|Date(s):||November 23, 1823|
|Location(s):||CAYUGA, New York|
|Tag(s):||Market Revolution, Erie Canal, Seneca Cayuga Canal, Canal, Economy|
|Course:||“Early American Republic,” Hobart and William Smith Colleges|
John Osborne and Samel Seely were the owners of the first vessel to travel from Geneva, New York to New York City solely by waterways. It was November 1823 when Osborne and Seely packed the Mary and Hannah with goods from the West including eight hundred bushels of wheat, tons of butter, and barrels of beans. After the boat was packed, the crew took off for New York City by means of the Seneca Cayuga Canal, Erie Canal and the Hudson River. The two planned on making it to New York City and being able to sell their goods as well as purchase goods to bring back to the Geneva area. The Mary and Hannah traveled the 430 miles in an unheard of fourteen days. After the arrival of the boat in New York City, a gathering occurred at the local New York Coffee House on Saturday November 22, 1823 to celebrate the accomplishments of the Canal and the crew. In Front of one hundred excited guests the men were awarded with a silver ewer made by silversmith William Gale with a sketch of the Mary and Hannah.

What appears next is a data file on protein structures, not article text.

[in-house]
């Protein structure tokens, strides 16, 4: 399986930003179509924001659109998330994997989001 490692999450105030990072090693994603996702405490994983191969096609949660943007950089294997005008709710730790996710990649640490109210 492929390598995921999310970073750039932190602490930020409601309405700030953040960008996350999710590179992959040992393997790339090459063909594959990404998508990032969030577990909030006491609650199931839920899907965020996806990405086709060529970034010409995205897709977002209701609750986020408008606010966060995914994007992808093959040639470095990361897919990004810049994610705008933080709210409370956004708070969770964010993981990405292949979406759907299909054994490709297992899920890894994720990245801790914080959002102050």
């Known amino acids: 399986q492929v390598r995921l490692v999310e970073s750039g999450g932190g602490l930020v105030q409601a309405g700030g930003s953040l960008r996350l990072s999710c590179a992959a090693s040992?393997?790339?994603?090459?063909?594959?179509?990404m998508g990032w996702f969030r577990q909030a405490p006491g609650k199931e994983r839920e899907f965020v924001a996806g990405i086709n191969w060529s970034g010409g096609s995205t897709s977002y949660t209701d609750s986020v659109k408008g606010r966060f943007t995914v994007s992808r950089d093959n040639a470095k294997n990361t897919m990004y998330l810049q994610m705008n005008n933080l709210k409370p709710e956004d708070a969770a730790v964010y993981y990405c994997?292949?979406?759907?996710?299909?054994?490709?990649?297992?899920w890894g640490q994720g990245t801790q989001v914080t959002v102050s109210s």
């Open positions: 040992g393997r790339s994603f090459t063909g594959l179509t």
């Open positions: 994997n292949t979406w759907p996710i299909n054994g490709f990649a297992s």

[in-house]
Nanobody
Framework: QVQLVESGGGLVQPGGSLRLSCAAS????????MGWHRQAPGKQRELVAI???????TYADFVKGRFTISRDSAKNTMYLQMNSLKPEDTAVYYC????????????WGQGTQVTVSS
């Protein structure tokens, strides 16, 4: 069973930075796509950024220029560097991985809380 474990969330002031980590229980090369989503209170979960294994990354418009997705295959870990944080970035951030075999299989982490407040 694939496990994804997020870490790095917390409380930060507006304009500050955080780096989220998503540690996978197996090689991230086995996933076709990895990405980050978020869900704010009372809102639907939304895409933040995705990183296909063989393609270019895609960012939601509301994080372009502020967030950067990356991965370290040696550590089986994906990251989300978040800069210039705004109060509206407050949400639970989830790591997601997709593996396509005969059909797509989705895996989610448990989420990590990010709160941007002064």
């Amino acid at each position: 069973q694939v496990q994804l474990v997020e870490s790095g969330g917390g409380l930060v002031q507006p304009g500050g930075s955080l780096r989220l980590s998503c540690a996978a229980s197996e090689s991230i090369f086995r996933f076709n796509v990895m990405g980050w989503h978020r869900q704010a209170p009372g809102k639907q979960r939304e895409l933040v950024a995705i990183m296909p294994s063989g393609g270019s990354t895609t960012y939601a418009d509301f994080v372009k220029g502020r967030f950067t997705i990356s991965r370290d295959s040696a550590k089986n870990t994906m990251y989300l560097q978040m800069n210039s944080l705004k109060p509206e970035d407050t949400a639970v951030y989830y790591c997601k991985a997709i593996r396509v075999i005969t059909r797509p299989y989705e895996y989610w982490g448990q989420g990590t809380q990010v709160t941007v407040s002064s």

That this voyage took place solely on New York’s canals, changed the transportation system and the market economy. Such a long trip had never been taken using the newly constructed Canal system, and never before had any traveled the canals with such large amounts of commodities. The transportation of commodities was so important and revolutionary at this time because it was able to increase intra-state commerce. Thus, commerce facilitated with the Market Revolution because it allowed for the sale of a surplus of crops larger region. This trip demonstrates the influence the canal system would ultimately have an impact on the economy on New York State and eventually the North’s industrial expansion.